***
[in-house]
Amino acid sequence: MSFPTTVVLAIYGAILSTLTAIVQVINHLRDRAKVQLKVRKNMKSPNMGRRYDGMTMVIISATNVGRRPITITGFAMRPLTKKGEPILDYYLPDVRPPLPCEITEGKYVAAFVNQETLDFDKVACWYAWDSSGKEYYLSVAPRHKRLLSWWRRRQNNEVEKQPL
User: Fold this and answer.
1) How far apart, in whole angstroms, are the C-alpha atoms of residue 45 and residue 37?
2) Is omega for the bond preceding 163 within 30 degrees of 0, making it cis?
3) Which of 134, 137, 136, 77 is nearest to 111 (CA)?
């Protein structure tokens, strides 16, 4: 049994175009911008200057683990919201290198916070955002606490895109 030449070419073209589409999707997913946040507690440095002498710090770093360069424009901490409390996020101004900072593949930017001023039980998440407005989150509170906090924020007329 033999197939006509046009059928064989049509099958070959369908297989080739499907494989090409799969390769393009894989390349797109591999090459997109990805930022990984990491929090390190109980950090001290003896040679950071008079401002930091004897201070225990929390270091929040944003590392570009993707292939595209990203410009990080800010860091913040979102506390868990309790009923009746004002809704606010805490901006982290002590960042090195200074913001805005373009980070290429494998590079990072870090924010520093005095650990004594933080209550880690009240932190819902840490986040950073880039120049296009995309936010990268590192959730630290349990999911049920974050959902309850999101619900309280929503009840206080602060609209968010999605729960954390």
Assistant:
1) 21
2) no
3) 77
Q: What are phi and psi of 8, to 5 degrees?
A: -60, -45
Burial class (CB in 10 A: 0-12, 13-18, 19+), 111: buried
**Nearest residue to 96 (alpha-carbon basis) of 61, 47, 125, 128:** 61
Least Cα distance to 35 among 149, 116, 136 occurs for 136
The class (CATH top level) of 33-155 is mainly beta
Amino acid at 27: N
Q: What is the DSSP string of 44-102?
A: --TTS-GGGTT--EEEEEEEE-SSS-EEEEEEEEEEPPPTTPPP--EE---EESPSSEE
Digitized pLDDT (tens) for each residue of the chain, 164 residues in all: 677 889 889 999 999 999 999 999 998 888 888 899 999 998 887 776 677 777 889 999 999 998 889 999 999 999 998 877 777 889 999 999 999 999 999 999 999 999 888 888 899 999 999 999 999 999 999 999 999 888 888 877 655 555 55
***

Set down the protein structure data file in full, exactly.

[in-house]
Amino acid sequence: MSFPTTVVLAIYGAILSTLTAIVQVINHLRDRAKVQLKVRKNMKSPNMGRRYDGMTMVIISATNVGRRPITITGFAMRPLTKKGEPILDYYLPDVRPPLPCEITEGKYVAAFVNQETLDFDKVACWYAWDSSGKEYYLSVAPRHKRLLSWWRRRQNNEVEKQPL
User: Fold this and answer.
1) How far apart, in whole angstroms, are the C-alpha atoms of residue 45 and residue 37?
2) Is omega for the bond preceding 163 within 30 degrees of 0, making it cis?
3) Which of 134, 137, 136, 77 is nearest to 111 (CA)?
């Protein structure tokens, strides 16, 4: 049994175009911008200057683990919201290198916070955002606490895109 030449070419073209589409999707997913946040507690440095002498710090770093360069424009901490409390996020101004900072593949930017001023039980998440407005989150509170906090924020007329 033999197939006509046009059928064989049509099958070959369908297989080739499907494989090409799969390769393009894989390349797109591999090459997109990805930022990984990491929090390190109980950090001290003896040679950071008079401002930091004897201070225990929390270091929040944003590392570009993707292939595209990203410009990080800010860091913040979102506390868990309790009923009746004002809704606010805490901006982290002590960042090195200074913001805005373009980070290429494998590079990072870090924010520093005095650990004594933080209550880690009240932190819902840490986040950073880039120049296009995309936010990268590192959730630290349990999911049920974050959902309850999101619900309280929503009840206080602060609209968010999605729960954390």
Assistant:
1) 21
2) no
3) 77
Q: What are phi and psi of 8, to 5 degrees?
A: -60, -45
Burial class (CB in 10 A: 0-12, 13-18, 19+), 111: buried
**Nearest residue to 96 (alpha-carbon basis) of 61, 47, 125, 128:** 61
Least Cα distance to 35 among 149, 116, 136 occurs for 136
The class (CATH top level) of 33-155 is mainly beta
Amino acid at 27: N
Q: What is the DSSP string of 44-102?
A: --TTS-GGGTT--EEEEEEEE-SSS-EEEEEEEEEEPPPTTPPP--EE---EESPSSEE
Digitized pLDDT (tens) for each residue of the chain, 164 residues in all: 677 889 889 999 999 999 999 999 998 888 888 899 999 998 887 776 677 777 889 999 999 998 889 999 999 999 998 877 777 889 999 999 999 999 999 999 999 999 888 888 899 999 999 999 999 999 999 999 999 888 888 877 655 555 55